Bank of America senior executive dies of dengue-related complications in Mumbai
Sanjeev Jha, 34, head of capital markets at Bank of America Merrill Lynch, died of hemophagocytic lymphohistiocytosis (HLH) at Lilavati Hospital in Bandra.mumbai Updated: Sep 08, 2017 16:53 IST
A senior executive of Bank of America died of a complication triggered by dengue in Mumbai, leading to a warning from specialists that doctors should study the immune system of patients suffering from the disease if the symptoms persist for 4-5 days.
Sanjeev Jha, 34, head of capital markets at Bank of America Merrill Lynch, died of hemophagocytic lymphohistiocytosis (HLH) at Lilavati Hospital in Bandra.
Dengue has led to six deaths in Mumbai this year.
HLH is a rapidly progressive, life-threatening syndrome of excessive immune activation which triggers excessive build-up of white blood cells in multiple organs of the body including neurological areas, affecting other blood cells.
Doctors said the rare immunity condition with high morbidity and mortality rate is triggered by dengue and other viral infections but can be diagnosed only after multiple tests.
“It’s sad that Jha had to die at such a young age, but HLH is an extremely specific diagnosis which need multiple opinions and specialists confirming it. The condition has high mortality and even higher morbidity if not diagnosed or treated specifically in time,” said infectious diseases expert Dr Om Srivastava.
Jha was admitted to Lilavati Hospital on August 29. He was diagnosed with HLH only on September 5, after multiple tests.
Doctors said the condition was specifically more virulent in case of Jha as it affected his kidneys and liver along with multi-organ involvement.
He died of HLH and dengue shock syndrome at the hospital on Tuesday.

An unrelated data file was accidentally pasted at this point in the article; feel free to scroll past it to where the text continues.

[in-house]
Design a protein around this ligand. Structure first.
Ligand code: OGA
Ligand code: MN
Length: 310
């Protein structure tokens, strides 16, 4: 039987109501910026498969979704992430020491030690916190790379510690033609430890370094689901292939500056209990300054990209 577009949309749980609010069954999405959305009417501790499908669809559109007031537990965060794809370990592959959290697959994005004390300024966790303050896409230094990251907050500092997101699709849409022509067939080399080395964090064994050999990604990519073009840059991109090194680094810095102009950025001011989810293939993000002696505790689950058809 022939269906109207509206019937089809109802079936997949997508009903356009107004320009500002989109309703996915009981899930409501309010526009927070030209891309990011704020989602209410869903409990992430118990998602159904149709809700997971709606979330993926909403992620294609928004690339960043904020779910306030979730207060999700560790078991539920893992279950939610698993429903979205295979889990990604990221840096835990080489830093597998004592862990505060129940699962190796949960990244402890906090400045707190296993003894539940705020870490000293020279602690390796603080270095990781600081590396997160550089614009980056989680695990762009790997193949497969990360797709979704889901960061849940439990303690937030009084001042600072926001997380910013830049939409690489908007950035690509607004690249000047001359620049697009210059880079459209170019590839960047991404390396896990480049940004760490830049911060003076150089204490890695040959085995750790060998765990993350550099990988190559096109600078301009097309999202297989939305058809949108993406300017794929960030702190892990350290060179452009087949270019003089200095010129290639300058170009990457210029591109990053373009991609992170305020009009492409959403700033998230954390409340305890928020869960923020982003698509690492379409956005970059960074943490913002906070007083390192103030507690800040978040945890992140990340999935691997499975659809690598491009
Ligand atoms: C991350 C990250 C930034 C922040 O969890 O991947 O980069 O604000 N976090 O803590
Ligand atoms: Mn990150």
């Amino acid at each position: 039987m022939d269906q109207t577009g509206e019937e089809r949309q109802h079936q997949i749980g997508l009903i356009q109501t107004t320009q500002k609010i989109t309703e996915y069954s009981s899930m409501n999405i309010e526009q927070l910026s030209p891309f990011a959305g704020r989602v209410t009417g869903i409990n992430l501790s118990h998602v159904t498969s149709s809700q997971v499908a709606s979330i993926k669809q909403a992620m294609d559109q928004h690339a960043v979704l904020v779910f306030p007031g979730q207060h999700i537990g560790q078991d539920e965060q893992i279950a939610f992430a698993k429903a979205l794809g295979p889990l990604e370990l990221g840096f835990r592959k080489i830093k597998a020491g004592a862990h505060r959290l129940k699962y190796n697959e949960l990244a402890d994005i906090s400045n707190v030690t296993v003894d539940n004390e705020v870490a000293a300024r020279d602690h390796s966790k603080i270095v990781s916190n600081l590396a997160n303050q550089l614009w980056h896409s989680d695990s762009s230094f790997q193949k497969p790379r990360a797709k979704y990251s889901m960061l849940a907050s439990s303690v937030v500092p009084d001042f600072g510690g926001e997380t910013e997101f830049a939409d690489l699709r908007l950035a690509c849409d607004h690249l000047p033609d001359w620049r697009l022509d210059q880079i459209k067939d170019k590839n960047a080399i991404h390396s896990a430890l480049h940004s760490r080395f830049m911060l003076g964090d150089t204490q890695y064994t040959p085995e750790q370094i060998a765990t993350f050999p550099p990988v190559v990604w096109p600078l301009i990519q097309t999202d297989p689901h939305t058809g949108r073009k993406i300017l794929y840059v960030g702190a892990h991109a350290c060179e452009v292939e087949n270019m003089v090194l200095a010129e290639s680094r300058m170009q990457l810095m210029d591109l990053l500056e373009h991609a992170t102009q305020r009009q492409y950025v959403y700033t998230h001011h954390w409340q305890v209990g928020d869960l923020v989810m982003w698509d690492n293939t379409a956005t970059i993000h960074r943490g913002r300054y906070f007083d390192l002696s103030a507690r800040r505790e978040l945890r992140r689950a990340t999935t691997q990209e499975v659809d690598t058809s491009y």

Dr V Ravishankar, CEO of Lilavati hospital refused to comment when asked if the family had filed a case of negligence.
City doctors said that the immunological disorder is not as rare as it is believed to be by most physicians.
Dr Vasant Nagvekar, infectious disease specialist, said, “One can suspect HLH, when the fever caused by any viral or bacterial infection such as malaria, remains high, for over four to five days.”
In Jha’s case, his fever did not subside despite being treated with increasing doses of paracetamol. “In dengue, only the symptoms can be treated. While milder forms of HLH are common in dengue, in this case, the condition was far more severe,” he said.
Dr Tanu Singhal, consultant with Kokilaben Dhirubhai Ambani Hospital said, last year, seven patients suffered from HLH following dengue, of which six died after a prolonged course in the intensive care unit . This year too, she has seen two patients suffering from HLH, of which one has died. “The patient was 55 years old and didn’t survive even for 48 hours after he was diagnosed. The prognosis is quite scary in severe cases of HLH,” she said.
Dr Vatsal Kothari, director, critical care medicine at Kokilaben Dhiirubhai Ambani Hospital, said, “High levels of ferritin, is one indicator that the infection could have lead to HLH. We don’t rule out HLH, in cases where there are unexplained high levels of ferritin,” he said.
In Jha’s case too, HLH was confirmed when doctors checked for his ferritin and LDH (lactose dehydrogenase) enzyme levels, which were disproportionately high